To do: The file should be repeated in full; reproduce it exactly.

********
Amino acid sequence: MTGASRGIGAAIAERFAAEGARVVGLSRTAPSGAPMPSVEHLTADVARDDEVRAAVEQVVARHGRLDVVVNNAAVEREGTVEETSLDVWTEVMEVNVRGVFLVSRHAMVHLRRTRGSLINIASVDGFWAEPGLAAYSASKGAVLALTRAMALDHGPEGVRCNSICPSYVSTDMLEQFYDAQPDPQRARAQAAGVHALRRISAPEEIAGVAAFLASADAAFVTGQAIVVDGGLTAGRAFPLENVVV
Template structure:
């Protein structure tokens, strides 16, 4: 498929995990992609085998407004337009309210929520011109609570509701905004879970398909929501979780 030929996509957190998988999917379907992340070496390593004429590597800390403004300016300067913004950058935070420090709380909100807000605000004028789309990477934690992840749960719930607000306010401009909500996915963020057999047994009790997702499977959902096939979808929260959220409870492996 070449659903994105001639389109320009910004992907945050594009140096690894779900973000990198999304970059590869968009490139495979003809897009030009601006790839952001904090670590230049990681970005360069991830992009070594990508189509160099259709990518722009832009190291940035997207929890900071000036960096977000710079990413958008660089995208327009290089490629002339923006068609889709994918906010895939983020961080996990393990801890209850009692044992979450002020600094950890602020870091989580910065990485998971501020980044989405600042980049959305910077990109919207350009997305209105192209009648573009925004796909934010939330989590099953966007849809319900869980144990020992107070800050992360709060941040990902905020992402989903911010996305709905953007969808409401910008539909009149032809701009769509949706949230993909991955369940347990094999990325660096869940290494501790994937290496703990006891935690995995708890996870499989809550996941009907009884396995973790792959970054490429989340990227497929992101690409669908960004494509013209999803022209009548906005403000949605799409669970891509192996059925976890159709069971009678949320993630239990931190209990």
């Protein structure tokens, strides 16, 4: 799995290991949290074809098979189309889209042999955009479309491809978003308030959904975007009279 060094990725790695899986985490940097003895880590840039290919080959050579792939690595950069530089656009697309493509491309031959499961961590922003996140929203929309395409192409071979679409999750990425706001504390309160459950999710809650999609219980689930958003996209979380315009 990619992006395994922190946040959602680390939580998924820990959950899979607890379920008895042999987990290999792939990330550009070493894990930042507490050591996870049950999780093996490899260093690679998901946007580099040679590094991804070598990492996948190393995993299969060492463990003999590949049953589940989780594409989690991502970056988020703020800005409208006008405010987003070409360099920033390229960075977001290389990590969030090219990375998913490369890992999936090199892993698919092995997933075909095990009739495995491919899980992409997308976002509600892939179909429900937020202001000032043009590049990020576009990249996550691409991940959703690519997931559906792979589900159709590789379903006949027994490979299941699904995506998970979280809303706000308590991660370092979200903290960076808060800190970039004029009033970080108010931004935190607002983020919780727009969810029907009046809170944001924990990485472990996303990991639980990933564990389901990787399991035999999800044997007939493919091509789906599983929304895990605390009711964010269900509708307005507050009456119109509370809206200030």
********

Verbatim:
Amino acid sequence: MTGASRGIGAAIAERFAAEGARVVGLSRTAPSGAPMPSVEHLTADVARDDEVRAAVEQVVARHGRLDVVVNNAAVEREGTVEETSLDVWTEVMEVNVRGVFLVSRHAMVHLRRTRGSLINIASVDGFWAEPGLAAYSASKGAVLALTRAMALDHGPEGVRCNSICPSYVSTDMLEQFYDAQPDPQRARAQAAGVHALRRISAPEEIAGVAAFLASADAAFVTGQAIVVDGGLTAGRAFPLENVVV
Template structure:
């Protein structure tokens, strides 16, 4: 498929995990992609085998407004337009309210929520011109609570509701905004879970398909929501979780 030929996509957190998988999917379907992340070496390593004429590597800390403004300016300067913004950058935070420090709380909100807000605000004028789309990477934690992840749960719930607000306010401009909500996915963020057999047994009790997702499977959902096939979808929260959220409870492996 070449659903994105001639389109320009910004992907945050594009140096690894779900973000990198999304970059590869968009490139495979003809897009030009601006790839952001904090670590230049990681970005360069991830992009070594990508189509160099259709990518722009832009190291940035997207929890900071000036960096977000710079990413958008660089995208327009290089490629002339923006068609889709994918906010895939983020961080996990393990801890209850009692044992979450002020600094950890602020870091989580910065990485998971501020980044989405600042980049959305910077990109919207350009997305209105192209009648573009925004796909934010939330989590099953966007849809319900869980144990020992107070800050992360709060941040990902905020992402989903911010996305709905953007969808409401910008539909009149032809701009769509949706949230993909991955369940347990094999990325660096869940290494501790994937290496703990006891935690995995708890996870499989809550996941009907009884396995973790792959970054490429989340990227497929992101690409669908960004494509013209999803022209009548906005403000949605799409669970891509192996059925976890159709069971009678949320993630239990931190209990």
């Protein structure tokens, strides 16, 4: 799995290991949290074809098979189309889209042999955009479309491809978003308030959904975007009279 060094990725790695899986985490940097003895880590840039290919080959050579792939690595950069530089656009697309493509491309031959499961961590922003996140929203929309395409192409071979679409999750990425706001504390309160459950999710809650999609219980689930958003996209979380315009 990619992006395994922190946040959602680390939580998924820990959950899979607890379920008895042999987990290999792939990330550009070493894990930042507490050591996870049950999780093996490899260093690679998901946007580099040679590094991804070598990492996948190393995993299969060492463990003999590949049953589940989780594409989690991502970056988020703020800005409208006008405010987003070409360099920033390229960075977001290389990590969030090219990375998913490369890992999936090199892993698919092995997933075909095990009739495995491919899980992409997308976002509600892939179909429900937020202001000032043009590049990020576009990249996550691409991940959703690519997931559906792979589900159709590789379903006949027994490979299941699904995506998970979280809303706000308590991660370092979200903290960076808060800190970039004029009033970080108010931004935190607002983020919780727009969810029907009046809170944001924990990485472990996303990991639980990933564990389901990787399991035999999800044997007939493919091509789906599983929304895990605390009711964010269900509708307005507050009456119109509370809206200030």